I gave Mrs Guppy’s purple silk (I refuse to call it mine) to Susan who received it graciously and said she had contacts with the theatre and that they would very much appreciate it.
I am not at all sure that I want to be connected to the theatre even at a distance since any inference of impropriety could do so much harm to my reputation.
I was tempted to snatch the silk back from the girl but didn’t. I want to wheedle out of her what is going on inside my daughter’s head, so I smiled so hard it hurt.

You surely remember all the fuss there was about the extraordinary PURPLE dress that Mrs Hankey ordered. If only the memory would fade from my own mind! Anyway, that dress is no more – in fact it never was – but this is a TELLING incident is it not? Of course it reveals altogether TOO MUCH ABOUT Mrs H but none of us were in the dark about HER character, were we?

What it says to me is that Susan, for all her FINE manners and intricate ways with hair – when she corkscrews a curl it stays corkscrewed – is an INNOCENT.
Yes, I can say that about an unwed mother and I won’t stand to be CONTRADICTED. The resistance of a woman to male ploys is not always PROOF of her virtue, but more frequently of her experience and if you don’t know what I mean well bless you, too.
For proof, I offer that fact that I would no MORE admit to Mrs Hankey that I had THEATRCAL CONNECTIONS than I would own up to having fleas while borrowing her silk sheets in her absence.
(Only to test them you understand and yes, they worked remarkably well and yes, I was being humorous about the fleas.)
My POINT is there are things best UNSAID, but THAT is something I don’t believe Susan fully GRASPS.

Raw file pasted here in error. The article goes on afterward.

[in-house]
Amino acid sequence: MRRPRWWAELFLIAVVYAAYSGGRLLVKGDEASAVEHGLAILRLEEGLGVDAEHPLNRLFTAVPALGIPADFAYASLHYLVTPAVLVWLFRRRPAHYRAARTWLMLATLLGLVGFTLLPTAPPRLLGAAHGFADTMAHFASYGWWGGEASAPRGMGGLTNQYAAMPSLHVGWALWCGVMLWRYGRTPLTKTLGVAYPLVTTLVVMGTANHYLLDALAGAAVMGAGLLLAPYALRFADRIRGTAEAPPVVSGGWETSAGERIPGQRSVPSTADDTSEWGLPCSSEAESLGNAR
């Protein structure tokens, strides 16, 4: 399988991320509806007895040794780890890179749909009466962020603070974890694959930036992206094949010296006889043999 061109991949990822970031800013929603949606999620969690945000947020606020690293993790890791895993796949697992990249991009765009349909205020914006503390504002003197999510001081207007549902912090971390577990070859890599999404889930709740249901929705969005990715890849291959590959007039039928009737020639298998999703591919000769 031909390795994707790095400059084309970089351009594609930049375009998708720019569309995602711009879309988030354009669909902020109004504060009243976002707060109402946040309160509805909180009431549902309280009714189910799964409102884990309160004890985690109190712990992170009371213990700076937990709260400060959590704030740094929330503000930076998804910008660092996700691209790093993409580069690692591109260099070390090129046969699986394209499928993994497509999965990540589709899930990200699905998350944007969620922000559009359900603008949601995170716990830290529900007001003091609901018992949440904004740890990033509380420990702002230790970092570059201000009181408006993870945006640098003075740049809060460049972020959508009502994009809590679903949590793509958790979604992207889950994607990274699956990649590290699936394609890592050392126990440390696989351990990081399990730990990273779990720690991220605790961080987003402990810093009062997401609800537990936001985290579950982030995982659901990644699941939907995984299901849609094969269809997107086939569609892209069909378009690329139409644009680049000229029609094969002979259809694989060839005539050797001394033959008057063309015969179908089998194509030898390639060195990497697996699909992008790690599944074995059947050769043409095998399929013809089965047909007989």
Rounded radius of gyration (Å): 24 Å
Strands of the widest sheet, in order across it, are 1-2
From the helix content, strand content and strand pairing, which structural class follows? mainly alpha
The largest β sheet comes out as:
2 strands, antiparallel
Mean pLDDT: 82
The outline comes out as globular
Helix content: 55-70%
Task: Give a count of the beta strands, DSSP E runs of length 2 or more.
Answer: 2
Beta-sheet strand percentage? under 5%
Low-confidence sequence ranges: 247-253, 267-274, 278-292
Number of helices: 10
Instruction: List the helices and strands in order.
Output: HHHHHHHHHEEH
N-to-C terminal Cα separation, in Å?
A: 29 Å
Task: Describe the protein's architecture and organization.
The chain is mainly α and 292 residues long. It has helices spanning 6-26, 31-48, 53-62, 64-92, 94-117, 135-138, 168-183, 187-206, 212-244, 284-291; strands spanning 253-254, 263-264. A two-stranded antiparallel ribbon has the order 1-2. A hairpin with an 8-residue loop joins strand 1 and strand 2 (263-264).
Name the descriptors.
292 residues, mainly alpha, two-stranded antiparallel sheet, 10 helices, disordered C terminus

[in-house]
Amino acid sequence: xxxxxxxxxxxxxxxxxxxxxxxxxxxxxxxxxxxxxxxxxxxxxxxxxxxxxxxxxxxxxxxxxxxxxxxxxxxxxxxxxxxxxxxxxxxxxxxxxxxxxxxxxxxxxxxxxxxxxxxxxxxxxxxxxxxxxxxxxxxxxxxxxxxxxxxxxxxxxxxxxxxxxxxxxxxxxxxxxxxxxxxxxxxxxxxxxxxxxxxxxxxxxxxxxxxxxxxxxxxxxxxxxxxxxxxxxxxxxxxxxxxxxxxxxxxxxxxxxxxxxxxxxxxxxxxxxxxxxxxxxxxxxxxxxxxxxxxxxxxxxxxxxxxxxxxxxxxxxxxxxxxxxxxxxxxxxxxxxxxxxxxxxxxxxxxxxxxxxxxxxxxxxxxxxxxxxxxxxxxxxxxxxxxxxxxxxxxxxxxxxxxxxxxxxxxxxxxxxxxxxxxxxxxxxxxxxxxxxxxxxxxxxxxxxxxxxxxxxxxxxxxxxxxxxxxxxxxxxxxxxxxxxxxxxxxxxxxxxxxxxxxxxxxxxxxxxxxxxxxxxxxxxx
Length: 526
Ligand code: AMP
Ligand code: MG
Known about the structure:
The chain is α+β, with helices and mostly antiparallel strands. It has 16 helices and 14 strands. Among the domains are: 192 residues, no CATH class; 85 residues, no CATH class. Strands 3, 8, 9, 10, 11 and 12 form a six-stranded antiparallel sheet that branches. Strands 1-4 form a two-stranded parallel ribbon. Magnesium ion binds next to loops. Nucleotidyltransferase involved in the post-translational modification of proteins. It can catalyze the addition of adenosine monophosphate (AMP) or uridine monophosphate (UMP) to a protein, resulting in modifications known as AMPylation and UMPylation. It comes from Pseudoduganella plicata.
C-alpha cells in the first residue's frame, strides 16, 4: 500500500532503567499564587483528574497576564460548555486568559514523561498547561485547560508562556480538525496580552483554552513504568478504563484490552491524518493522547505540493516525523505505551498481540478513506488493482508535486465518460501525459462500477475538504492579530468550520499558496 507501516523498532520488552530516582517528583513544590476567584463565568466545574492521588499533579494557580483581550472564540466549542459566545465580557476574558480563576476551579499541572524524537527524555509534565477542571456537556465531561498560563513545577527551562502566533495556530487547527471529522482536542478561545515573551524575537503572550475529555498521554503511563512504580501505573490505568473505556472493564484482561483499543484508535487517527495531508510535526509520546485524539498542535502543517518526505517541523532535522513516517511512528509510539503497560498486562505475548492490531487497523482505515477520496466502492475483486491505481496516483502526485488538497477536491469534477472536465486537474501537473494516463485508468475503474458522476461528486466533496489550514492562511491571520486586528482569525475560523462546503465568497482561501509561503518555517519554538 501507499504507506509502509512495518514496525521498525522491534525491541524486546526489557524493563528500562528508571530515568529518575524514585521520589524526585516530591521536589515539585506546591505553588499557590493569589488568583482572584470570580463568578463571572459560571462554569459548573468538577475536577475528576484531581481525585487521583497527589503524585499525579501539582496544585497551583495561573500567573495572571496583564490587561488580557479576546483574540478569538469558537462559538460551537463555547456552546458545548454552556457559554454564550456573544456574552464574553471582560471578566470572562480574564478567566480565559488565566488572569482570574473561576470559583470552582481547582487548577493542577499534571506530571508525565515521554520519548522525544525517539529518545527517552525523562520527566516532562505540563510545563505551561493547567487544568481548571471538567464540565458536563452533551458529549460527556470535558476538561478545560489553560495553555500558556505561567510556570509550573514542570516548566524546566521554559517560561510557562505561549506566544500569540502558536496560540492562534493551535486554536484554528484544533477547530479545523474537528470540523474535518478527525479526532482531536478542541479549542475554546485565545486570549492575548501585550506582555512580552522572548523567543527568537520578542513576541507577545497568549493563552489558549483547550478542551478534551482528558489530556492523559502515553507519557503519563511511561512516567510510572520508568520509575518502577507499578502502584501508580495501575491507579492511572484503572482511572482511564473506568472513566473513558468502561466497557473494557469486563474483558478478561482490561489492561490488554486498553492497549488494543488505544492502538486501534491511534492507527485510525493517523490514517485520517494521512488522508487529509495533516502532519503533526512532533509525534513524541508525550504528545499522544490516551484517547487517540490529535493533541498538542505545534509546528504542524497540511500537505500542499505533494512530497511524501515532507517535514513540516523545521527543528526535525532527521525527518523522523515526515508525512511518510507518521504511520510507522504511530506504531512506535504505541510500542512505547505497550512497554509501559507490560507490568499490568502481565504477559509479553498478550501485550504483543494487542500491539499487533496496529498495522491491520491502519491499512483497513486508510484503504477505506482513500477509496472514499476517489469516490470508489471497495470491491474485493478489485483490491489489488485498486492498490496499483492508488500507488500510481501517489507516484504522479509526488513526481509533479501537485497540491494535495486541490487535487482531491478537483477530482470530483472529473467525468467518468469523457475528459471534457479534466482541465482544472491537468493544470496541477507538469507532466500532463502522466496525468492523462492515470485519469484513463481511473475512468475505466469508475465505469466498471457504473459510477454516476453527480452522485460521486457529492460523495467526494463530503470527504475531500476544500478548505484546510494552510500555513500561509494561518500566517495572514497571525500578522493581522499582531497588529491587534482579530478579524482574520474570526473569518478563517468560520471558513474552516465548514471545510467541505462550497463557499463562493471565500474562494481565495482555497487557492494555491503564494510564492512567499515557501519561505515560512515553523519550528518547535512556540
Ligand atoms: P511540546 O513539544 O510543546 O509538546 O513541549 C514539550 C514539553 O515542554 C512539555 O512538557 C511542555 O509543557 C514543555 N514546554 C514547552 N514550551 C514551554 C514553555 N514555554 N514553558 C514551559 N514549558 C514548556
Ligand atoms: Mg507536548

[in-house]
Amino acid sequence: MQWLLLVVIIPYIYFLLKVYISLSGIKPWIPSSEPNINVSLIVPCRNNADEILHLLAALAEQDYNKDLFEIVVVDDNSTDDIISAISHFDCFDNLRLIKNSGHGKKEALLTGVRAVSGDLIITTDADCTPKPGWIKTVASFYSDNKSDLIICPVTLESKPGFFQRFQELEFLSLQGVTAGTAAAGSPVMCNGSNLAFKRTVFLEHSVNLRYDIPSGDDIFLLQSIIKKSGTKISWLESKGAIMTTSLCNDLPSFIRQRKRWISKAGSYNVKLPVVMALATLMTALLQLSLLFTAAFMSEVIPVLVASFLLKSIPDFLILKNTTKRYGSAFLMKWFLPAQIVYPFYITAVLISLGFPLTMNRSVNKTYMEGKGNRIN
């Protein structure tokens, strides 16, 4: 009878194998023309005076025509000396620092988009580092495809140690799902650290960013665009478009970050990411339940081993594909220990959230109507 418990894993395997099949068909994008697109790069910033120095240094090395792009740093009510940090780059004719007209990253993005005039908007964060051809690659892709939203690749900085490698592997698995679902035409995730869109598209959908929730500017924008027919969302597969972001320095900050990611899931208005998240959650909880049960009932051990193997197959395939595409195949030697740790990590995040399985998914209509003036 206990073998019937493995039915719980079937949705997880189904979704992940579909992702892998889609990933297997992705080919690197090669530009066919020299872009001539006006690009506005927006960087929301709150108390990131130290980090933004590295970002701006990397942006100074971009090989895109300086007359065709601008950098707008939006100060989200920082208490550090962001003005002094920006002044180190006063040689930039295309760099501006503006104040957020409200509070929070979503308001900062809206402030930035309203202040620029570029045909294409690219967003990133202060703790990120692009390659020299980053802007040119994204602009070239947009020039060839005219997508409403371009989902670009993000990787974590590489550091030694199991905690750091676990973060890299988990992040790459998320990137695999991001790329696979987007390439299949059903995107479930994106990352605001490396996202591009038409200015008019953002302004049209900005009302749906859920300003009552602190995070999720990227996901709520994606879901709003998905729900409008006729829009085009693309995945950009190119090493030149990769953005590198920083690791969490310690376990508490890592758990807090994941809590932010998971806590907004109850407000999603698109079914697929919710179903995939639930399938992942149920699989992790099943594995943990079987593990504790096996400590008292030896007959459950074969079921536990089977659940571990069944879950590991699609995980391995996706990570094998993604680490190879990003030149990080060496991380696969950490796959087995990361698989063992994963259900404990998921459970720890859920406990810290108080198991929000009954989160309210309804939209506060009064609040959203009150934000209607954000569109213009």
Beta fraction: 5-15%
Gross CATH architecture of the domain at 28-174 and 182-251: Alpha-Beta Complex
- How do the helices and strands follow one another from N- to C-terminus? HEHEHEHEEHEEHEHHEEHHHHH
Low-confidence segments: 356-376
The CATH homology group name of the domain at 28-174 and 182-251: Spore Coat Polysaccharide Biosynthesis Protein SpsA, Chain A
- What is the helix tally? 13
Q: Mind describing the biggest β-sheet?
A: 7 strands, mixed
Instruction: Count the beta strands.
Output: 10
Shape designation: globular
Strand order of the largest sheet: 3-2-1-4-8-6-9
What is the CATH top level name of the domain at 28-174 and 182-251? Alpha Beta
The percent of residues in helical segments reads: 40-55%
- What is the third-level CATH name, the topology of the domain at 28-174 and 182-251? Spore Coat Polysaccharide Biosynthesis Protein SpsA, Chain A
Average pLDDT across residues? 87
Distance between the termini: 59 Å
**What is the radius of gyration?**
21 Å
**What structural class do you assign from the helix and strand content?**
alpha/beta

When we talk I must be gently gracious in my manner I decided, DEFTLY diplomatic in the way I introduce the subject, prudently PROVIDENT in my judgement – in a word I MUST summon forth all my natural qualities and be the best MRS FINNEGAN I can be.
So…it was rather unfortunate Susan heard about my visit to the North Laine house before I managed to TIP toe up to the subject.
We met each other in the basement corridor.
Why? she asked. WHY?
I pulled her into my room. The tea I had planned and the dainty Portarlington biscuits I was going to bake (if the new cook allowed me near the kitchen) could not now happen.

She faced me as brave as a TABBY cat.

I’d like to think I approached this difficult situation with dignity

We talked and I draw a veil over what was said. NOT every matter is a fit subject for public edification.

I can tell you, however, that TEARS were shed and Miss Susan was not entirely dry eyed HERSELF.

Then came the torturous question of who the father might be….
I have NO DOUBT regular readers are already RACING ahead. Earlier in the YEAR it was thought, suggested, whispered that Mrs Hankey’s eldest son was responsible and that the ABANDONED mother was intent on exposure and SCANDAL. The identity of the mother was unknown but…
The QUESTION had to be asked, did it not?
But how?
Mrs Hankey, I began…
That was enough. The floodgates OPENED.

Dear reader, Mrs Hankey knows ABOUT the baby.
The coral and silver teething ring Susan dropped some weeks ago? – a gift from Mrs Hankey.
The VERY regular afternoon off – approved by Mrs Hankey.

ONLY, Susan said, only of late Mrs Hankey has become more demanding, wanting to know the intimate DETAILS of her daughter’s HEART
Susan is bombarded with questions
What does Miss Martha say? Where does she go? Who does she meet? Has she mentioned love, assignations, letters…?

I’m no SPY, said Susan getting up to leave. Perhaps you will tell her that. Mrs Hankey needs to KNOW that she cannot PUSH me too far.
Otherwise…The sentence drifted in the autumnal air. Otherwise the result will not be very pretty.

And that’s where it was left.

Except Susan let loose a FINAL thunderbolt as she left.

She’s earning £10 a year more than me.



MRS FINNEGAN is a regular feature created and written by Bridget Whelan with Paul Couchman, The Regency Cook, working with a host of volunteers at The Regency Town House, readers and subscribers.
This week a special thank you to Catherine Page.

Want to discover more about SUSAN?

Click HERE for the full back story

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This entry was posted on August 31, 2021 by in Mrs Finnegen ADVICE from the 1830 and tagged , , , .